• The term 'acute care' is used interchangeably with the term short stay inpatient care in the report.

    St. Boniface ('0005') and Seven Oaks ('0011') Hospitals have geriatric units for longer-term Rehabilitation and thus non-acute stays can be identified by the Service Code. Also, the Rehabilitation hospital of HSC ('0016') has a large number of trauma patients for whom Rehab takes a long time and thus should not be considered acute care. Roos and Shapiro (1995) counted all the patients at St. Boniface, Seven Oaks, and the Rehabilitation at HSC as acute.

4. Hospital Service Codes

    (from Shanahan et al., 1994 )

    Only Acute Care hospitals were considered. The following facilities were excluded (in addition to the "poor coding" hospitals): ('0006') Winnipeg Municipal, ('0019') Deer Lodge, ('0017') Rehab for Children, ('0020') Manitoba Adolescent Treatment Centre, ('0117') Cartwright District, ('0127') Elkhorn Medical Nursing Unit, ('0142') Hartney Medical Nursing Unit.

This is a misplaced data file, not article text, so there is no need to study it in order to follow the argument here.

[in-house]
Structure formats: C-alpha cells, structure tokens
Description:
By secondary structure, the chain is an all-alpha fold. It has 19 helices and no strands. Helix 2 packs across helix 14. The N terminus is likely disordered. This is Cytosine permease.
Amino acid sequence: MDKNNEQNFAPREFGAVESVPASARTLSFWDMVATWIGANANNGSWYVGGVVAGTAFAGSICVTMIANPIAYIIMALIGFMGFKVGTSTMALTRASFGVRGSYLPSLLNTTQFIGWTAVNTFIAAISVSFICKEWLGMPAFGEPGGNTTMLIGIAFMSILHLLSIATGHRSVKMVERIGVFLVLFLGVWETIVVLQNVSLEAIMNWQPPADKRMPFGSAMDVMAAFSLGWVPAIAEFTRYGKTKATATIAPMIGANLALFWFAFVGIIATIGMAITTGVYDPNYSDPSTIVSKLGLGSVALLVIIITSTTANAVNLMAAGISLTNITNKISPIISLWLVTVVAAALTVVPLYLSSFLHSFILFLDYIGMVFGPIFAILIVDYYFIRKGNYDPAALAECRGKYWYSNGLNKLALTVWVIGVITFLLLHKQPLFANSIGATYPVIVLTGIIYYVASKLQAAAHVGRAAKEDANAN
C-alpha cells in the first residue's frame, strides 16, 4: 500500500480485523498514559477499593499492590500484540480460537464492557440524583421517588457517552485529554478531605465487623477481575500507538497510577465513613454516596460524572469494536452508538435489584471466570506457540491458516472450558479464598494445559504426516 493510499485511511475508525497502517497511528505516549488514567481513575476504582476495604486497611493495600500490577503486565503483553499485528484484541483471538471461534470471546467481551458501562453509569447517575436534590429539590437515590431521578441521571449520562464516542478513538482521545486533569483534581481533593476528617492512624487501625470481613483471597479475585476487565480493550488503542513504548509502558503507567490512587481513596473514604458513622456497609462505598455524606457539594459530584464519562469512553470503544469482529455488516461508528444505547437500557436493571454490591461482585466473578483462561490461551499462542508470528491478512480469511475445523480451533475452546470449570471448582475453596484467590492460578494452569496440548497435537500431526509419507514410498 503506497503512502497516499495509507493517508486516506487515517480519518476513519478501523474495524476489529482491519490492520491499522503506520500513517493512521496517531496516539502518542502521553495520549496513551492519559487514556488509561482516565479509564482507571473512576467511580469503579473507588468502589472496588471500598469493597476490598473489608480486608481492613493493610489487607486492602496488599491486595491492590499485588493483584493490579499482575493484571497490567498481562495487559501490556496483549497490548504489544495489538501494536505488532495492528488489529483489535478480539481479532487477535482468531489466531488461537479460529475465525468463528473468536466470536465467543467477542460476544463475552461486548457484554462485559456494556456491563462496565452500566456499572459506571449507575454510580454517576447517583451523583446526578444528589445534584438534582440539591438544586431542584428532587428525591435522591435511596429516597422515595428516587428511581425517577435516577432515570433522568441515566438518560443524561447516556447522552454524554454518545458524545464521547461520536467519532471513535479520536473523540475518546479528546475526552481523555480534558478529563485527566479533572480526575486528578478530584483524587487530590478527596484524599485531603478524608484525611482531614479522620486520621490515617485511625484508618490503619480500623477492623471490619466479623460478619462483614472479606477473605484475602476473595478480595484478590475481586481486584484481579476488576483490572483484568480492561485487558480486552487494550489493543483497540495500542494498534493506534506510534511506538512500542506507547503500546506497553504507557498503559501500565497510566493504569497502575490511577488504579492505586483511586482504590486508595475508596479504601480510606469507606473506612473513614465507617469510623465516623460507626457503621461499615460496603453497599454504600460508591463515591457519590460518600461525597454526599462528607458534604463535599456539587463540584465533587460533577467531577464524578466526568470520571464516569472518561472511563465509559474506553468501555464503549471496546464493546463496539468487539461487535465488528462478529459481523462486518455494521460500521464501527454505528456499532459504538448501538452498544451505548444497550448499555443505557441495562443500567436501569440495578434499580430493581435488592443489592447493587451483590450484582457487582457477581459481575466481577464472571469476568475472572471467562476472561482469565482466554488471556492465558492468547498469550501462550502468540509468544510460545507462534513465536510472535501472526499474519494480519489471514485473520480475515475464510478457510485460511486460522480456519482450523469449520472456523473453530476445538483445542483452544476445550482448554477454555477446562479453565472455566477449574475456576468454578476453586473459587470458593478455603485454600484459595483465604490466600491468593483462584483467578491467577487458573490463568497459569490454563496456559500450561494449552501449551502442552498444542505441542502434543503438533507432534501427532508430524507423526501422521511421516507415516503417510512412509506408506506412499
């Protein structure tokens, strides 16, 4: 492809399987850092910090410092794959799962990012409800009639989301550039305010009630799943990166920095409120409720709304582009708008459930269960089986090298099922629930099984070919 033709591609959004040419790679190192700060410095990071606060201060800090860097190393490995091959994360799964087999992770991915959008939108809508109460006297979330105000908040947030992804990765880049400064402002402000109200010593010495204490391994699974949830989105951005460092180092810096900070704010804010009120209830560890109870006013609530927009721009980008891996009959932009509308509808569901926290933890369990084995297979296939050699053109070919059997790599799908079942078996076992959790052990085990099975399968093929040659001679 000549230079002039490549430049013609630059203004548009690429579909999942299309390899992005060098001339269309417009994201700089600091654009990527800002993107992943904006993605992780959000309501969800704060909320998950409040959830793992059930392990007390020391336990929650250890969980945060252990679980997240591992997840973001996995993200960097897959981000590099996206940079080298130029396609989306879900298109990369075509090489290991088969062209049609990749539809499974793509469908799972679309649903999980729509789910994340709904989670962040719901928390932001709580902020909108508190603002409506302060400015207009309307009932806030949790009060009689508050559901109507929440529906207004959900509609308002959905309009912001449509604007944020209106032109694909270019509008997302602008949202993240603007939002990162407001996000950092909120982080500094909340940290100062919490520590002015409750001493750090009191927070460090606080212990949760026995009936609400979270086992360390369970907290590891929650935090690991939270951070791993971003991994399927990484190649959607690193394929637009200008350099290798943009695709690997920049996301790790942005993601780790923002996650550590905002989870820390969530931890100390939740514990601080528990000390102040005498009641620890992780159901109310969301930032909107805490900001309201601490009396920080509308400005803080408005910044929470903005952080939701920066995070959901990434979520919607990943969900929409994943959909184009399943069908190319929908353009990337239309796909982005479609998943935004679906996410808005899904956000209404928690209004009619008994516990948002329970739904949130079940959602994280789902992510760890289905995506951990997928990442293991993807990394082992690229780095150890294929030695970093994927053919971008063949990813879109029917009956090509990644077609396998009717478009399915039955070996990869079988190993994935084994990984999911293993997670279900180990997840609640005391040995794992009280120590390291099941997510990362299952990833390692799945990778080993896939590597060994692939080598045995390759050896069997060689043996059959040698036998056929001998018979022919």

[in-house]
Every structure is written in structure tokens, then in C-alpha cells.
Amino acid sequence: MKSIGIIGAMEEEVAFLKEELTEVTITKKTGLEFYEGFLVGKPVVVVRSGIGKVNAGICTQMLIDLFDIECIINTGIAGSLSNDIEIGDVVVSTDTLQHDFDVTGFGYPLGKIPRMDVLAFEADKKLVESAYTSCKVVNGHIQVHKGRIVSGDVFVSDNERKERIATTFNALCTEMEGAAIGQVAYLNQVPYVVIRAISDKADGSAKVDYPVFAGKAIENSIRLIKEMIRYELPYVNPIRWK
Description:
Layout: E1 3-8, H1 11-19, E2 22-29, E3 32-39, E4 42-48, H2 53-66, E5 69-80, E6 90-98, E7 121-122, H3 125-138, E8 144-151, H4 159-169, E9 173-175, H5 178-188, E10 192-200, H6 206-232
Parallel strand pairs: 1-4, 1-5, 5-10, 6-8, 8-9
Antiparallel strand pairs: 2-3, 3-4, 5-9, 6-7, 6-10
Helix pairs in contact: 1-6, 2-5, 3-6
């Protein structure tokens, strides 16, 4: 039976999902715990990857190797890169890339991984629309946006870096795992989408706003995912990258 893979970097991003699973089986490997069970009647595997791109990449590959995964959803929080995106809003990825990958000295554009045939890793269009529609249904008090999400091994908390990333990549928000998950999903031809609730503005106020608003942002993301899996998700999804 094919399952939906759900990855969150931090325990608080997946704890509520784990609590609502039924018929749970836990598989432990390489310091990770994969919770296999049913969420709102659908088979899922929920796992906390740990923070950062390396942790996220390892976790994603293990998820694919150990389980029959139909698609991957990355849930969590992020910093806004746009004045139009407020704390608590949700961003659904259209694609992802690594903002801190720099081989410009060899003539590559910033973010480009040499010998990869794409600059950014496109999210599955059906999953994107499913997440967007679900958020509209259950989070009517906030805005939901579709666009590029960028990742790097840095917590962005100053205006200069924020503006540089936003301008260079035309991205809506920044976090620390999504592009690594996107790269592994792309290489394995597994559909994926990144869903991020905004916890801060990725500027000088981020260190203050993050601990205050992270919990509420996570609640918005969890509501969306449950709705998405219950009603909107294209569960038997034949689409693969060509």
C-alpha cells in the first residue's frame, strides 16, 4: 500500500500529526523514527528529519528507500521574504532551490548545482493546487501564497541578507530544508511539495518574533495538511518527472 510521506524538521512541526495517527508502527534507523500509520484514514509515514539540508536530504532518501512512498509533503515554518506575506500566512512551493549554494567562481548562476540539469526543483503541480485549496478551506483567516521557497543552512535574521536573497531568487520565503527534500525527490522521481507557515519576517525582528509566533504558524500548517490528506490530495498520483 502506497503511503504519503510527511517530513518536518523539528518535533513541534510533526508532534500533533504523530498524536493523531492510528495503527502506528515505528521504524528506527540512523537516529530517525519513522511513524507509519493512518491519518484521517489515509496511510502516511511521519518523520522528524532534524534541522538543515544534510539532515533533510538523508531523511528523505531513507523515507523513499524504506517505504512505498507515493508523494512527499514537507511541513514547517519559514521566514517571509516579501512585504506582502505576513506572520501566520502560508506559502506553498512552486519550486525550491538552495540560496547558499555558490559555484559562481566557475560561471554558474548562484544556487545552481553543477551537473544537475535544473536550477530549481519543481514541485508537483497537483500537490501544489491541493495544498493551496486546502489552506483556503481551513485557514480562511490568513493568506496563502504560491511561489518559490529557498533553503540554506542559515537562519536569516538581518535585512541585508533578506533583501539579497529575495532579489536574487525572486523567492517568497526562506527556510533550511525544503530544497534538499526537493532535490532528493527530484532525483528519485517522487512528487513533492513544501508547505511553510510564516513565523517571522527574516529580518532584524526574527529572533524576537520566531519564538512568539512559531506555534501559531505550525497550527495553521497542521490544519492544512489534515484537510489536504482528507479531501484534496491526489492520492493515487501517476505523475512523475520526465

SAS code:

    /** Select Hospitals, and remove long term care hospitals **/
    if hosp < =212 and hosp in (108 127 142 19 6 17 20);

    Hospital service codes were used to count the number of cases classified as non-acute. The following service codes were used:

    Service codes: Sub-Service codes:
    '09' = personal care unit
    '72' = geriatrics
    '73' = long term care
    '70' = physical medicine and rehab
    '71' = pediatric physical medicine and rehab
    '93' = paneled for chronic
    '94' = rehab
    '95' = social
    '96' = assessment
    '97' = chronic
    '98' = respite
    '99' = paneled for pch